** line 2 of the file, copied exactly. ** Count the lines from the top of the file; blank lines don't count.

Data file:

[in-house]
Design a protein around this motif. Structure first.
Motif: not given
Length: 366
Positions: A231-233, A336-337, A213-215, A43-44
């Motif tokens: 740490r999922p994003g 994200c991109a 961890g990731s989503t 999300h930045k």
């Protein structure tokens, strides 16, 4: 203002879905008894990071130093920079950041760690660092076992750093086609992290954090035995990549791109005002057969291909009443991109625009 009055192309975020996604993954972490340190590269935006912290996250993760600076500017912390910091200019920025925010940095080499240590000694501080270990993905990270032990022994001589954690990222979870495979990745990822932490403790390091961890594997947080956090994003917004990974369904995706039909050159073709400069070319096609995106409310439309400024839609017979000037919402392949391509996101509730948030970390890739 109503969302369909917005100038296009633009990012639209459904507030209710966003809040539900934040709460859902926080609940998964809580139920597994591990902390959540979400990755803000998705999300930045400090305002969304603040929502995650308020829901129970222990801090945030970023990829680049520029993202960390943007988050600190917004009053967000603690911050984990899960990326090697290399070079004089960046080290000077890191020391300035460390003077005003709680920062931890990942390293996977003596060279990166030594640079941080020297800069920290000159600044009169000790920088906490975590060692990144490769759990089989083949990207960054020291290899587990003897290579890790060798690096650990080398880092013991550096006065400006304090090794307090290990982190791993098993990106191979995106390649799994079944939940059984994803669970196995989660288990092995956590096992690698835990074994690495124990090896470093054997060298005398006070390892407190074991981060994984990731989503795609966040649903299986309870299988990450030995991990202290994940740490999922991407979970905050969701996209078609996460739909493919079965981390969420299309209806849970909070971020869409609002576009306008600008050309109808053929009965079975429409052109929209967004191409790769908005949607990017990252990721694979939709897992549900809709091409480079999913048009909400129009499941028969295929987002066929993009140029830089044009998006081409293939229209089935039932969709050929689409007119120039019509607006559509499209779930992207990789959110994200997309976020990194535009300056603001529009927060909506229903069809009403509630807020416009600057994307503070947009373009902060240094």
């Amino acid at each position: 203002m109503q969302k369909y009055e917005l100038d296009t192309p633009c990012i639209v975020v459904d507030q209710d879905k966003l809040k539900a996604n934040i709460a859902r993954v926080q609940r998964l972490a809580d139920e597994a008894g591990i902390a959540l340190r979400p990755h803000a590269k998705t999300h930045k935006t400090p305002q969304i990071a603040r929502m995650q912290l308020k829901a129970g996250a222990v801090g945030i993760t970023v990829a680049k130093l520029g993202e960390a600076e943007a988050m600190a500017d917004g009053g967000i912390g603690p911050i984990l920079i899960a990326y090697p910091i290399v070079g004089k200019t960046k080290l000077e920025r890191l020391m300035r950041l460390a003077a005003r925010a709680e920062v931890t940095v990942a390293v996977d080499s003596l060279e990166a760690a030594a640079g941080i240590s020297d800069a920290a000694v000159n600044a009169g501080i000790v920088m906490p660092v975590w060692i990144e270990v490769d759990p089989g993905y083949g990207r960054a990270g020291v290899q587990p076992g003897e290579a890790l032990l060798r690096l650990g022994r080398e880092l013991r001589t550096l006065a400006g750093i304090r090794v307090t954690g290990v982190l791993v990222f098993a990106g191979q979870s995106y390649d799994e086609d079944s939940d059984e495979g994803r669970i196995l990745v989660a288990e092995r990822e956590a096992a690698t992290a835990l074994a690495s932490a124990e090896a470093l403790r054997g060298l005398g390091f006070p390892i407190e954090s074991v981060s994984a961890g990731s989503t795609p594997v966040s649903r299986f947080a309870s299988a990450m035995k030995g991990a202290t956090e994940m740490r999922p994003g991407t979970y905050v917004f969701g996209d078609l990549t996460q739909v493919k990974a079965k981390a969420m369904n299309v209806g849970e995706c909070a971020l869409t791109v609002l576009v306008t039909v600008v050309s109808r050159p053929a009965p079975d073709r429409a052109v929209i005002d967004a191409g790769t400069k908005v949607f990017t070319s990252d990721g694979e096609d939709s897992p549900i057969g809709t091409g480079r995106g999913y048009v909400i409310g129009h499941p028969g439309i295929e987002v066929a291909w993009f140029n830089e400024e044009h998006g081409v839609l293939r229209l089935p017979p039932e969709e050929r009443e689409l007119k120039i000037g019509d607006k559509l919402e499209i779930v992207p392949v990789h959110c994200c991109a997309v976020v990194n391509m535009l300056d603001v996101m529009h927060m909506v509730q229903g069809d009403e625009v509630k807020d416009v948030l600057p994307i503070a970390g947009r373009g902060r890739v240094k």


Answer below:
Design a protein around this motif. Structure first.